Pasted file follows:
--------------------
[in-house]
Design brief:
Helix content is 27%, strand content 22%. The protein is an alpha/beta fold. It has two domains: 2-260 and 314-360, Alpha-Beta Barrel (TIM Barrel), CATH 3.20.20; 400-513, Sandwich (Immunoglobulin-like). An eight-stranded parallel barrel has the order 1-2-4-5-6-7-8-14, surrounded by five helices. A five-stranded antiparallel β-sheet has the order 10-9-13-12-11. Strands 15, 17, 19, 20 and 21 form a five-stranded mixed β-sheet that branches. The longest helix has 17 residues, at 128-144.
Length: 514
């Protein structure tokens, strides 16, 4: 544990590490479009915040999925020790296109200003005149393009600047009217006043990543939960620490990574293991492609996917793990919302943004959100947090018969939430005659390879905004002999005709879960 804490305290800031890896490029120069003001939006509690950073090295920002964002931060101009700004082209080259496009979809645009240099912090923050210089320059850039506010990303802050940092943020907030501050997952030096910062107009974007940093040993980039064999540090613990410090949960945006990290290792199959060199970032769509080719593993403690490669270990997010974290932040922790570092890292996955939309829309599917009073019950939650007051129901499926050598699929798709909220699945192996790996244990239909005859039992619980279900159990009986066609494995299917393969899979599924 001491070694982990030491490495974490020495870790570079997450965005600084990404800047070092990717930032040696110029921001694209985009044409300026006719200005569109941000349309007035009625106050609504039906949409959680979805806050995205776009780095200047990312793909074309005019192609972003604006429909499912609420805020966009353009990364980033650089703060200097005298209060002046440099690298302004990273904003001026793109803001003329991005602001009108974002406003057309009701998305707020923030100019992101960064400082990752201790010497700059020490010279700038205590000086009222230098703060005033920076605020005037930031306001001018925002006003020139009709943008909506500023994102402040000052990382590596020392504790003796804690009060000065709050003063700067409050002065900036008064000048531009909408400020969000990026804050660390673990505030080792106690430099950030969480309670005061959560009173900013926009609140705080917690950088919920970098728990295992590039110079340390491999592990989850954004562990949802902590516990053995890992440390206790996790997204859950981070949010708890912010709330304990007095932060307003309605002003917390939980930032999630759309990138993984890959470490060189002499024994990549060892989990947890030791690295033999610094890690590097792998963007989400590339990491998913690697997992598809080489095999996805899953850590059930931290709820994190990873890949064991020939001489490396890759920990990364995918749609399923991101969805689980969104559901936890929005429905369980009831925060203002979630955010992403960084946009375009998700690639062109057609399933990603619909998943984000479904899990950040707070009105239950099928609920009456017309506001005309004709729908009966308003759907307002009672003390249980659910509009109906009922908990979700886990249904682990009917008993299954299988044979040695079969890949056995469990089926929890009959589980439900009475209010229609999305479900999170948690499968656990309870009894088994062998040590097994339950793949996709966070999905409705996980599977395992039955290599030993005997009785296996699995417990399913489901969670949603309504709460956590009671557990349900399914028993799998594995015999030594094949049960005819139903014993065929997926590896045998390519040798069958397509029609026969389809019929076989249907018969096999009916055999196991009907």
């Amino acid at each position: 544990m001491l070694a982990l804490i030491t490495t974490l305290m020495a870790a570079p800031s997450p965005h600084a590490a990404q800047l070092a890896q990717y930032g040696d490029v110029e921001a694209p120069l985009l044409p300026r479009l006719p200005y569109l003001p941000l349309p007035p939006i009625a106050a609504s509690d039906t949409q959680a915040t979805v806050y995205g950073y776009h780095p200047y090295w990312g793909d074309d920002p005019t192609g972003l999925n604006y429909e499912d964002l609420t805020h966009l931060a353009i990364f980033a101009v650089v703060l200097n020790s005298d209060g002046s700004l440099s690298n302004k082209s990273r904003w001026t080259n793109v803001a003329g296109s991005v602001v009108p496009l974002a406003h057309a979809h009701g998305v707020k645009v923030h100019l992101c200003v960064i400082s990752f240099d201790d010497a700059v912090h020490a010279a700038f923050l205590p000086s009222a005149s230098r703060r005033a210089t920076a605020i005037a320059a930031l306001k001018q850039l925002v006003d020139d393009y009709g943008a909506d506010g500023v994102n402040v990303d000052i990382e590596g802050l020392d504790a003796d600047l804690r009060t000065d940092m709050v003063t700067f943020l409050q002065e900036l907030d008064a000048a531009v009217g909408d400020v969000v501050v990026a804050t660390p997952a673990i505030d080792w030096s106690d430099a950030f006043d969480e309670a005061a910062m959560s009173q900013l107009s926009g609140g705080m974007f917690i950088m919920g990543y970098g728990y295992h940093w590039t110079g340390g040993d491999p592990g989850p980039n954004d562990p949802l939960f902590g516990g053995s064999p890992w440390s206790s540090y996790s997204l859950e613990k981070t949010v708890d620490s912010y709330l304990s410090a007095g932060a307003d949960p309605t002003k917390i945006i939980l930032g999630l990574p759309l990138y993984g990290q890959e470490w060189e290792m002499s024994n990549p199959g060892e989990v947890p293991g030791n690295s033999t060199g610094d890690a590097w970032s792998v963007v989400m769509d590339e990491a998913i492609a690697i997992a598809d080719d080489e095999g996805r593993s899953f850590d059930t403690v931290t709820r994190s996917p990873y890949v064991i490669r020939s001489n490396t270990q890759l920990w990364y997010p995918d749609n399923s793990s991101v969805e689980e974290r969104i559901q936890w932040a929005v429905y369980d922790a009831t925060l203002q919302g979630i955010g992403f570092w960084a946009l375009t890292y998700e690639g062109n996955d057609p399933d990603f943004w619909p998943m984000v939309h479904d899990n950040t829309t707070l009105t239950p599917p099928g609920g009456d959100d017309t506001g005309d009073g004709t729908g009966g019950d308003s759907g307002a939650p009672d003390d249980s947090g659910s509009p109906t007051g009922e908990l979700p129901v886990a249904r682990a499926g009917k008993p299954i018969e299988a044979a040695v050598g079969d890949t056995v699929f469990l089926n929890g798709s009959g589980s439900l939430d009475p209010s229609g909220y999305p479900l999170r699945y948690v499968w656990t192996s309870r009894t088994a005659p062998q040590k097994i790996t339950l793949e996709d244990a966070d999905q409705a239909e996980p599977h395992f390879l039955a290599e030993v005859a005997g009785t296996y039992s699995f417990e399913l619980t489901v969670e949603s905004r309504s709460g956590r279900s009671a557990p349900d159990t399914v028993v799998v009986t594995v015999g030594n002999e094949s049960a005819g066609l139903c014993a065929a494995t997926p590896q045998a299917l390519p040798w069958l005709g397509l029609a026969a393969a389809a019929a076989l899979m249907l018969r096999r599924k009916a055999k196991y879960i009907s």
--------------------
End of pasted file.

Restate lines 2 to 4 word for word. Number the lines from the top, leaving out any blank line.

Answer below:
Design brief:
Helix content is 27%, strand content 22%. The protein is an alpha/beta fold. It has two domains: 2-260 and 314-360, Alpha-Beta Barrel (TIM Barrel), CATH 3.20.20; 400-513, Sandwich (Immunoglobulin-like). An eight-stranded parallel barrel has the order 1-2-4-5-6-7-8-14, surrounded by five helices. A five-stranded antiparallel β-sheet has the order 10-9-13-12-11. Strands 15, 17, 19, 20 and 21 form a five-stranded mixed β-sheet that branches. The longest helix has 17 residues, at 128-144.
Length: 514